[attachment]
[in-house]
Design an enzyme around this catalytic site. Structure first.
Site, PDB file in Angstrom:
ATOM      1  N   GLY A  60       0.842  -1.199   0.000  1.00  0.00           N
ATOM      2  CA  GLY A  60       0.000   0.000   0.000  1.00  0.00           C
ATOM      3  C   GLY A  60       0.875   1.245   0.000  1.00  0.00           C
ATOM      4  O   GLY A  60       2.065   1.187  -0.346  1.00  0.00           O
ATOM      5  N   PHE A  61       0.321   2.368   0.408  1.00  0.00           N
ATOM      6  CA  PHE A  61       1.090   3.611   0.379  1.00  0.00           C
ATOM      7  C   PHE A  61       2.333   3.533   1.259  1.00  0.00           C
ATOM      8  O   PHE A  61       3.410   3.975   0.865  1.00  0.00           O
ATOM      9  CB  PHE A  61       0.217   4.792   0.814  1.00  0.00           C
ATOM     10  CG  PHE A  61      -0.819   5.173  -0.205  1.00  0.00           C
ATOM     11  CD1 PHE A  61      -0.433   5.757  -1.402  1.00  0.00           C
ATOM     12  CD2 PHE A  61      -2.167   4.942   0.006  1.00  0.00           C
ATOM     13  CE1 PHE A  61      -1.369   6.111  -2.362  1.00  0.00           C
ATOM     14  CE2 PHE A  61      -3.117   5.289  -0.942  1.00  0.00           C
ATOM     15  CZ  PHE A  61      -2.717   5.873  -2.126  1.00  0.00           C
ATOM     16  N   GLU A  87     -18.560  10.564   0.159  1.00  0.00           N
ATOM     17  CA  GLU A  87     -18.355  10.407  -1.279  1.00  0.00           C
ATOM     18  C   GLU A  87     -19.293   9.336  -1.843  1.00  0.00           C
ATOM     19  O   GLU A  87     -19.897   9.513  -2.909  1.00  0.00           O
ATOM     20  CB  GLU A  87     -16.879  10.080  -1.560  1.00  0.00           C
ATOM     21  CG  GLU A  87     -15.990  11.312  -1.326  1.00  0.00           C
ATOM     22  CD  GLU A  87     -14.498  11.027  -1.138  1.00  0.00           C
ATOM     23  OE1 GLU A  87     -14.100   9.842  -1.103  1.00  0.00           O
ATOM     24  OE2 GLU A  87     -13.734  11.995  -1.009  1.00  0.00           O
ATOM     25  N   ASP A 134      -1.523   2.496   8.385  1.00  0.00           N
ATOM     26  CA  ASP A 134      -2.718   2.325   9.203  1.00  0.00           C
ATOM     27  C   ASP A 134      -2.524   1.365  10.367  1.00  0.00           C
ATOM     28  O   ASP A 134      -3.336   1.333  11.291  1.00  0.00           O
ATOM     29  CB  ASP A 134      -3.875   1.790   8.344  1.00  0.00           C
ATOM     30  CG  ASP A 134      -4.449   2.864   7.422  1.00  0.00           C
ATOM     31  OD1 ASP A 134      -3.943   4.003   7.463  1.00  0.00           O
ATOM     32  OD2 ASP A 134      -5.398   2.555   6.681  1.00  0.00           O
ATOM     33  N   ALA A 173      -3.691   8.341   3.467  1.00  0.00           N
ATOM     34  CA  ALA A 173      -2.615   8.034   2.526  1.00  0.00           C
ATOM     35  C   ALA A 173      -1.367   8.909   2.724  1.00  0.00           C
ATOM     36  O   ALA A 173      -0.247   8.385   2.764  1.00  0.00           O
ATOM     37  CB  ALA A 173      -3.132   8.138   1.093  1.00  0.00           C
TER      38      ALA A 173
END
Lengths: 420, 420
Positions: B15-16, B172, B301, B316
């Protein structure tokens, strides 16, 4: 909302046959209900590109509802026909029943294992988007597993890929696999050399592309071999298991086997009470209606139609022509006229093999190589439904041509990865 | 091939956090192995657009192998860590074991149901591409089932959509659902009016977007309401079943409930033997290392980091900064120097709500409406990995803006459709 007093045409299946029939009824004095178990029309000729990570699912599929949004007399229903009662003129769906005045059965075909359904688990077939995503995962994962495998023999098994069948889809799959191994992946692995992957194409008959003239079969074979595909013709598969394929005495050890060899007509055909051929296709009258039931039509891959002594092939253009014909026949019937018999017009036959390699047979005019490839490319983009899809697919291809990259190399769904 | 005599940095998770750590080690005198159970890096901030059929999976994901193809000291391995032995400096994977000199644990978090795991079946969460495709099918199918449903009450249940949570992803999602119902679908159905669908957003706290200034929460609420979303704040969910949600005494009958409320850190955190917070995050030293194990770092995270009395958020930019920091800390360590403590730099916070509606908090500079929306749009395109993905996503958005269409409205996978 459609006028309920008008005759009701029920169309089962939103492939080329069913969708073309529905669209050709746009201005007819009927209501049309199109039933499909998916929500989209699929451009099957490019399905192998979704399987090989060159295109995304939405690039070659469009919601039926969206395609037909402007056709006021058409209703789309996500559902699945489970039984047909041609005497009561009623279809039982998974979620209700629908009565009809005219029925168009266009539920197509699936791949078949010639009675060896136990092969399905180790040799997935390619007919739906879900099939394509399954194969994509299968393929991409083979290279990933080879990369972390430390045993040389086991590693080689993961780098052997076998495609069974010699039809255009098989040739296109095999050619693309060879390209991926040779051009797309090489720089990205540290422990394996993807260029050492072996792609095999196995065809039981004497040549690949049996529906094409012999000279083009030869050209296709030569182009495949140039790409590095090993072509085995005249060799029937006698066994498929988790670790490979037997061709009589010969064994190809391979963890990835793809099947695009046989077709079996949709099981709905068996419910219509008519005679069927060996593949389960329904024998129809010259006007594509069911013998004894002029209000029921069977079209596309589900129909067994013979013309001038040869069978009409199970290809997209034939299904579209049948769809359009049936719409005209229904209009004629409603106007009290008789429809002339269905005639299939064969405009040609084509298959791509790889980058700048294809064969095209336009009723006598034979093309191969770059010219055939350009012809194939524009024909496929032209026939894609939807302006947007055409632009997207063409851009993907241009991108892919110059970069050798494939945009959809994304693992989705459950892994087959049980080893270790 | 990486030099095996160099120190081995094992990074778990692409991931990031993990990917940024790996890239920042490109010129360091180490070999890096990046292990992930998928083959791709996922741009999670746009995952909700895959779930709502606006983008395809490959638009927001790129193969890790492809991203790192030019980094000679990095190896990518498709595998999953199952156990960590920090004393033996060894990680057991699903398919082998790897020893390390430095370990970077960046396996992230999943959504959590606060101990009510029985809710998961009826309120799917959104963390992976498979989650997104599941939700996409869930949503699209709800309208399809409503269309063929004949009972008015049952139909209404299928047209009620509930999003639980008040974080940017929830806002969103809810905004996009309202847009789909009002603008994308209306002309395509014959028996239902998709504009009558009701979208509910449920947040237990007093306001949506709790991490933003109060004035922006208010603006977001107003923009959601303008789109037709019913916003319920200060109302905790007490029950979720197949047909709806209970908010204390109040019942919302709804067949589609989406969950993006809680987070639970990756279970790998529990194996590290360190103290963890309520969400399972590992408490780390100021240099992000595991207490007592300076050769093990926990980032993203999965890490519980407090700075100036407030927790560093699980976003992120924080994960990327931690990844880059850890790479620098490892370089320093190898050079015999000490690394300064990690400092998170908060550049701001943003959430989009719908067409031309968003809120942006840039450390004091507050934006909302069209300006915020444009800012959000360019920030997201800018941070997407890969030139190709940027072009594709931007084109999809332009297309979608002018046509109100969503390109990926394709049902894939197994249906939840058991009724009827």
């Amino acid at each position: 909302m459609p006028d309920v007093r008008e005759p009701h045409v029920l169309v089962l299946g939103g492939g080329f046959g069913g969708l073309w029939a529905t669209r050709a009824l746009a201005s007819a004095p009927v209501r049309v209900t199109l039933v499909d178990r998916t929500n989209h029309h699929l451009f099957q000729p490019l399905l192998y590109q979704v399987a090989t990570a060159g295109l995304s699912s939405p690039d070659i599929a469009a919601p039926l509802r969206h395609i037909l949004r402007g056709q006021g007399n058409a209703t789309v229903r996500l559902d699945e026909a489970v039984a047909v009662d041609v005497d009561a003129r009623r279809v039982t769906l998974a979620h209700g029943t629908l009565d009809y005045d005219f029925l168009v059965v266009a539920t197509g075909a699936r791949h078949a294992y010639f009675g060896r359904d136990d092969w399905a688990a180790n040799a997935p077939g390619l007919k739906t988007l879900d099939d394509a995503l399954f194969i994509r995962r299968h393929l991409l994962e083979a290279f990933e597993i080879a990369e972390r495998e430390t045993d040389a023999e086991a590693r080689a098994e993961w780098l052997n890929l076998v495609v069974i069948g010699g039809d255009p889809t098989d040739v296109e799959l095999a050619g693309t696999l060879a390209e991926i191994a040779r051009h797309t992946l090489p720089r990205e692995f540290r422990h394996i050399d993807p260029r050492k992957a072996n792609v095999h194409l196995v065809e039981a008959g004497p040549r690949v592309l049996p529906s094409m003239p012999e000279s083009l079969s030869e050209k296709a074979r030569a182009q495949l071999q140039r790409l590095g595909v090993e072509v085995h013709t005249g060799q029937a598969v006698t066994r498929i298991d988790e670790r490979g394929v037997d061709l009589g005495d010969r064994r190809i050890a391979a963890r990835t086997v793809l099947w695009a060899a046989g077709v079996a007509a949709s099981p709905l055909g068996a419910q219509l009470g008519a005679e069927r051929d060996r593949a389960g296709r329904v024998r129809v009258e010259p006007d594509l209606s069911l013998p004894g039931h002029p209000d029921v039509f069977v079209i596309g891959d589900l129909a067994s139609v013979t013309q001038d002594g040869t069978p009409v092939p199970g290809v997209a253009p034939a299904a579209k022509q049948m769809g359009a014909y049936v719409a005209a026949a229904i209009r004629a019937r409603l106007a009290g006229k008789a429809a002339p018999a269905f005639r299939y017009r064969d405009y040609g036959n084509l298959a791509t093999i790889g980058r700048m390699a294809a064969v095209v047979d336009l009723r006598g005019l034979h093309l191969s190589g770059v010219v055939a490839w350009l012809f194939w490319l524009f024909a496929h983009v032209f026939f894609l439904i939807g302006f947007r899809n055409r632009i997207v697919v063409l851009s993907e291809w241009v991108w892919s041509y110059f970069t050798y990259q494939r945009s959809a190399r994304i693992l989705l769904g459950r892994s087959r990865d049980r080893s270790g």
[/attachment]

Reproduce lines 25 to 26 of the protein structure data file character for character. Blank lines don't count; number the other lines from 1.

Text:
ATOM     22  CD  GLU A  87     -14.498  11.027  -1.138  1.00  0.00           C
ATOM     23  OE1 GLU A  87     -14.100   9.842  -1.103  1.00  0.00           O